You can learn a lot about Derby Girls by looking at the pageviews for LDG.
Sometime Monday morning, TrAC/DC’s post about the Dark Side of Derby received so many hits that our servers went down and we had to call our Trusty Web Advisor (aka my Derby Widow) to get things up and running again. In the entire history of the blog, no other post has received that level of attention. The only one that even begins to come close (but not THAT close) is my first post on the blog – a post detailing the ways that derby really and truly may have been the thing that saved my life.
What this tells us, sociologically, is that derbies view their sport simultaneously as a force of creation and destruction. It builds us up even as it tears us down. It supports us, even as it sucks us dry. It’s the good, the bad, and the in between.
And maybe there’s nothing wrong with that. Derby isn’t perfect? So what? Neither am I. That’s why derby feels like home to me – because I’m fucking sick of perfection.
As TrAC says in her post, we derbies are fiercely protective of our sport. I’m no exception to that rule, and when I first started playing nothing brought out the defensive side of me more than the mean-spirited jokes about how derby was just a giant cat-fight, a place for women to take out their exclusively feminine aggression on each other. ”It’s not LIKE THAT!” I kept wanting to scream. ”We’re friends! We’re good to each other! We help each other out!” As an ardent feminist, I couldn’t stand watching people use my sport as fodder for their misogynist mythology. The argument that female sports are breeding grounds for “lady drama” is one of the primary weapons in the arsenal of those who suggest that girls are Strictly Emotional Creatures who couldn’t use logic to save their lives. I didn’t want any part of that argument. Derby wasn’t about fitting the script – it was about busting negative stereotypes. It was about being a DIFFERENT kind of woman.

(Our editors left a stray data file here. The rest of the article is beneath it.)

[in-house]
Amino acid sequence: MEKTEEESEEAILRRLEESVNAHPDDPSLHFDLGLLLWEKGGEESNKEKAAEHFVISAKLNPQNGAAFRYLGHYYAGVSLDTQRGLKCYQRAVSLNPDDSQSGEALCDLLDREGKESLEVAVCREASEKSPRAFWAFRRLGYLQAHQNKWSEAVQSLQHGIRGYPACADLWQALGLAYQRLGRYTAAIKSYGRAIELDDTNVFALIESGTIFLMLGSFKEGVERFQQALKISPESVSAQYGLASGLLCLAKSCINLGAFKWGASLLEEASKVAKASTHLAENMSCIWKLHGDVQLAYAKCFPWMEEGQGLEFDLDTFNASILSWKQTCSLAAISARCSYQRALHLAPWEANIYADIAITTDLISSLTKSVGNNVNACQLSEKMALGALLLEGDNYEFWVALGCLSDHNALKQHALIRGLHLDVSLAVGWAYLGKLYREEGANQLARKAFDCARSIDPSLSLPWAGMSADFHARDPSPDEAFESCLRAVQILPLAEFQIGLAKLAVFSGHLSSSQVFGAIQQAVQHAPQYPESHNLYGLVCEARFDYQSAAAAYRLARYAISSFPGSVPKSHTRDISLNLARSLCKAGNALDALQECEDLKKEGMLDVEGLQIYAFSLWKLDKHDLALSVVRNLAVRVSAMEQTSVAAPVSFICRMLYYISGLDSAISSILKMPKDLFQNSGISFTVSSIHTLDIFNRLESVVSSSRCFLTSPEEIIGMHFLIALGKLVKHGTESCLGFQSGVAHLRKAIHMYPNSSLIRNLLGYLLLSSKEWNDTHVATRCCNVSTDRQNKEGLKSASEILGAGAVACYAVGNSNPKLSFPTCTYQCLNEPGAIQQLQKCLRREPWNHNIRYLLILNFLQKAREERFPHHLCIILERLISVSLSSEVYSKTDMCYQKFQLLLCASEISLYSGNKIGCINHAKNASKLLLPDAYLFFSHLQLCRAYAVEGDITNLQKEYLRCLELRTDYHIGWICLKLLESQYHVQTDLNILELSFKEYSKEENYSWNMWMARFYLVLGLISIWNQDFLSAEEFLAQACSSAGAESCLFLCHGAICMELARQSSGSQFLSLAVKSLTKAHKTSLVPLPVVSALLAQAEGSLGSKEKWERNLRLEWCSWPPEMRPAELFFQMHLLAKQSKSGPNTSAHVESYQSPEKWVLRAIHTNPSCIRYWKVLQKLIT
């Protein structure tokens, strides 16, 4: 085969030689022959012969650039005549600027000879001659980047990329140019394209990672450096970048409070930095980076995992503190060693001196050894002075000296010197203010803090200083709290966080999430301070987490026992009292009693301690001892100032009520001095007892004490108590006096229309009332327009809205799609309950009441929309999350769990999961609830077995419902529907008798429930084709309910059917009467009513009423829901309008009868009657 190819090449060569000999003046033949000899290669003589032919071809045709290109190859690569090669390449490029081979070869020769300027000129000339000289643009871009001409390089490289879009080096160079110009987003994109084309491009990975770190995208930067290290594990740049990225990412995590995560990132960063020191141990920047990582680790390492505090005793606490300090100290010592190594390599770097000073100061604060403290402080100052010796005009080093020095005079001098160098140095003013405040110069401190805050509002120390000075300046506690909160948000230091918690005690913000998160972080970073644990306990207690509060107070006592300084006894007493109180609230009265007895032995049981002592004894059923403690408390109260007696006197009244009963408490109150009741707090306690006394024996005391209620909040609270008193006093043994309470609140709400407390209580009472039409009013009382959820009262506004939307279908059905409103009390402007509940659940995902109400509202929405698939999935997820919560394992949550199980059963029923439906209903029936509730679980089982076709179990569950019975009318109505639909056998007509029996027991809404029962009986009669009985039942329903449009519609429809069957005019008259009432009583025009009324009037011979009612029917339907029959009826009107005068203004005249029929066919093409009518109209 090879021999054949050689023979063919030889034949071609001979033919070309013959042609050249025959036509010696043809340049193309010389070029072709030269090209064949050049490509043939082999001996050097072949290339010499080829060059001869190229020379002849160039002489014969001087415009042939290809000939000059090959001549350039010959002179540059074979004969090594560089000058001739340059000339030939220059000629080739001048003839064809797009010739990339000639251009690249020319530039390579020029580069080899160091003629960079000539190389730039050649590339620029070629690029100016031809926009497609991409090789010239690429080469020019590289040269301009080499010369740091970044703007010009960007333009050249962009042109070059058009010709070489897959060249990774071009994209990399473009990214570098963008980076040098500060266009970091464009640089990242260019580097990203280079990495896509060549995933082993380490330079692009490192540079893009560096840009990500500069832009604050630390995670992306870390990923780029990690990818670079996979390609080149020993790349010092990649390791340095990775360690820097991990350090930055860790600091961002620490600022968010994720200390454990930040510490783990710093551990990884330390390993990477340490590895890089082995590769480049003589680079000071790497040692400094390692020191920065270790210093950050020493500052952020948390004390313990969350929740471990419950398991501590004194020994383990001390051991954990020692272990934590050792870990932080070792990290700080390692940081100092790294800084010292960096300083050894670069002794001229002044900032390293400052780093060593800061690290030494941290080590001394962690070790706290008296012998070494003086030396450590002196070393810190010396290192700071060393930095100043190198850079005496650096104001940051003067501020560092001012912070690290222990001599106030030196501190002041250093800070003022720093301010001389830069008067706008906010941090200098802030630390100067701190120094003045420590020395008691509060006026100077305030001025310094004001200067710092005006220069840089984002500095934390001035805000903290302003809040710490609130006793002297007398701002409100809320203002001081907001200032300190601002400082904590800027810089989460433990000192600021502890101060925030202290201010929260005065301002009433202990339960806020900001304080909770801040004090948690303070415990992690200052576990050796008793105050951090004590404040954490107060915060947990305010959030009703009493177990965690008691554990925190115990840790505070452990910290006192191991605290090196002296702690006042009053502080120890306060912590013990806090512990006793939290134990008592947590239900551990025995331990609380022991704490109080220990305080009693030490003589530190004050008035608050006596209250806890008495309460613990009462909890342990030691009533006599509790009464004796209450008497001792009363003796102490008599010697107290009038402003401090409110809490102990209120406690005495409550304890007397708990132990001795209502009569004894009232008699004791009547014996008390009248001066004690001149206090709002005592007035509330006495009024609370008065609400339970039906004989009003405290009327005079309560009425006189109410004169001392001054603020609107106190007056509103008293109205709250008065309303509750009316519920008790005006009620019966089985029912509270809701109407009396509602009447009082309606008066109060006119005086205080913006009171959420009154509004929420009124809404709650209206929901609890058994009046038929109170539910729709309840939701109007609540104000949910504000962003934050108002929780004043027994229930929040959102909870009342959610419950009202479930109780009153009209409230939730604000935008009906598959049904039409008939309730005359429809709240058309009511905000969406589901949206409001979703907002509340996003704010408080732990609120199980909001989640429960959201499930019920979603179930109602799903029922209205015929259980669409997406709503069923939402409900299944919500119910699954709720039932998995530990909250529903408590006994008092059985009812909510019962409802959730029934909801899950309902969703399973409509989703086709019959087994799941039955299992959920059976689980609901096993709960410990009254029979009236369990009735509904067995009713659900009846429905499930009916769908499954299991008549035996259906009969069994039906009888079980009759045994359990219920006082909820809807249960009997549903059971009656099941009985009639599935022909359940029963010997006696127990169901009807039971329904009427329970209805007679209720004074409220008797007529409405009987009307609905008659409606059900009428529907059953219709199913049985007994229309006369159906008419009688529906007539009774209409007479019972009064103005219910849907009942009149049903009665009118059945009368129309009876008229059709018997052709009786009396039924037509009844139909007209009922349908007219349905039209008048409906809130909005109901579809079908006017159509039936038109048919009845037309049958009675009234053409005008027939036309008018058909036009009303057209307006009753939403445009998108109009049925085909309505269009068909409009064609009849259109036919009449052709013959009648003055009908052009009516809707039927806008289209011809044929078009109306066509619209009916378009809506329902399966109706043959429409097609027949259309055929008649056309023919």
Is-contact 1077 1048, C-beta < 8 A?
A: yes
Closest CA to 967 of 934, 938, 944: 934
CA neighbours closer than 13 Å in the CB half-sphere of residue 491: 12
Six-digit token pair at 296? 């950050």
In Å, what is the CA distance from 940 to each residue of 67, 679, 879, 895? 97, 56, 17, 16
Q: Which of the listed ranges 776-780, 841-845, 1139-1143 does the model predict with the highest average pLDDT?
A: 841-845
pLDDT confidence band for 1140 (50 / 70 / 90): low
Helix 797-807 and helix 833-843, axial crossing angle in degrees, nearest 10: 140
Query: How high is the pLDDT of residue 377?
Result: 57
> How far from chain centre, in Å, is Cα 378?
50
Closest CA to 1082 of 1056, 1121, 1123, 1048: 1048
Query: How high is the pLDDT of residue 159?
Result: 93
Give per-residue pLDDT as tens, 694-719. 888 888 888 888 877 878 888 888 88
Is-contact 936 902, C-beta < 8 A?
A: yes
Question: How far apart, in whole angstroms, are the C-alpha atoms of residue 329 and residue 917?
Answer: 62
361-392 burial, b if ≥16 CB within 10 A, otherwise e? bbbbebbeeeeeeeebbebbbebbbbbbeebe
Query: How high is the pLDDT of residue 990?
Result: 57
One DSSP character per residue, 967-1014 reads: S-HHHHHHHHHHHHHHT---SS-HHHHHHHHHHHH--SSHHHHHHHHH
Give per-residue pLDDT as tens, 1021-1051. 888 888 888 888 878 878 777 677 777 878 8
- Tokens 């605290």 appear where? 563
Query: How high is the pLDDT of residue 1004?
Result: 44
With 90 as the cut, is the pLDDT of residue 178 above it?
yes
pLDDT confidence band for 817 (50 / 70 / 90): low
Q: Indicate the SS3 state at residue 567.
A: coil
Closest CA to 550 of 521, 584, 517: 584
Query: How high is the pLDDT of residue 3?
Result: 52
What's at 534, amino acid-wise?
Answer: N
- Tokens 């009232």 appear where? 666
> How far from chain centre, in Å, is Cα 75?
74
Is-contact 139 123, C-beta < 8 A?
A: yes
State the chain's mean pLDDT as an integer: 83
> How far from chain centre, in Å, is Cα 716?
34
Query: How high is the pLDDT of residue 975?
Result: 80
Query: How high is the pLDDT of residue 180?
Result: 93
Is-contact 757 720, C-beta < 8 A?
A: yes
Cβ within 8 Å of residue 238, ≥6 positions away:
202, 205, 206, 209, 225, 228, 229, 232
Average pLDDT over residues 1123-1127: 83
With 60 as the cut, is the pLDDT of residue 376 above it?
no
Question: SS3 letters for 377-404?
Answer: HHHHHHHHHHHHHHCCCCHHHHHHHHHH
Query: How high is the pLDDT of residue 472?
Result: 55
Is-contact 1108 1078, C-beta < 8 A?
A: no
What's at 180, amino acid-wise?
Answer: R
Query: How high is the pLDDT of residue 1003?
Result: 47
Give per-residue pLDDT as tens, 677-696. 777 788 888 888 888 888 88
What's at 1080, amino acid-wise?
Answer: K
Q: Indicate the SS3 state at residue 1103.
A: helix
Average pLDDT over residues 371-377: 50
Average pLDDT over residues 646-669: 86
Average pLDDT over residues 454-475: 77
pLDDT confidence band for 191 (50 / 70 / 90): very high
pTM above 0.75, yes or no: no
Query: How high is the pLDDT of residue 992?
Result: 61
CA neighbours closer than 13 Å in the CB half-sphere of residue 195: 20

I believed that in order to prove we were worthwhile, we also had to prove that we were perfect. I was asking derby to participate in the same fucked-up script I’d been acting out my entire life – the script that tells you you have to put on a nice outfit for company, that tells you that your kids and your lover and your parents and your dog and your fish are all more important than you are, and that it’s your job to keep them happy. I wanted my team to be all things to me at all times: family and lover, friend and mentor. I wanted them to redeem me, to prove that a woman really could be everything – and that she could look hot in her jersey while doing it.
But the thing is, we aren’t perfect. And the people who expect us to be are just assholes. We fight sometimes. We backstab and nitpick. We form cliques and break confidences. We mess up. But I hope — with every ounce of my scarred and fragile derby heart, I hope that we don’t turn away from each other in those moments. I hope that we don’t give up. Because the moment we give up on each other is the moment we give in to the worst of the myths about women. If we overthrow our derbies because they don’t fulfill our ideals, we’re setting them up for failure. Expecting women to be perfect – to be everything and never fall short – is not a feminist act. (For those of you unconcerned with the feminism, I’ll put it a different way: it is not a productive act.) In fact, it’s actively harmful. Because no one can fulfill your dreams for you. And if you ask them to, your disappointment is inevitable.
When I say I love my team no matter the mistakes they make, I am committing a feminist act. I am throwing dirt in the faces of anyone who ever implied that women are only worthwhile if they’re perfect, polite, and quiet – if they always get along. I am saying that I love and care for the women in my life as they are, not as I hope for them to be. I’m not saying we shouldn’t strive to be better. At its core, derby is about ALWAYS striving to be better. But in the meantime, we also have to learn to live with the Dark Side of Derby – maybe even to embrace it, and to recognize that when we give other women the space to be imperfect, we’re really just giving them the space to be themselves — and hoping we get the same space in return.
I love you all. And no matter how my relationship with derby ends, it won’t be perfect – and for that, I am eternally grateful.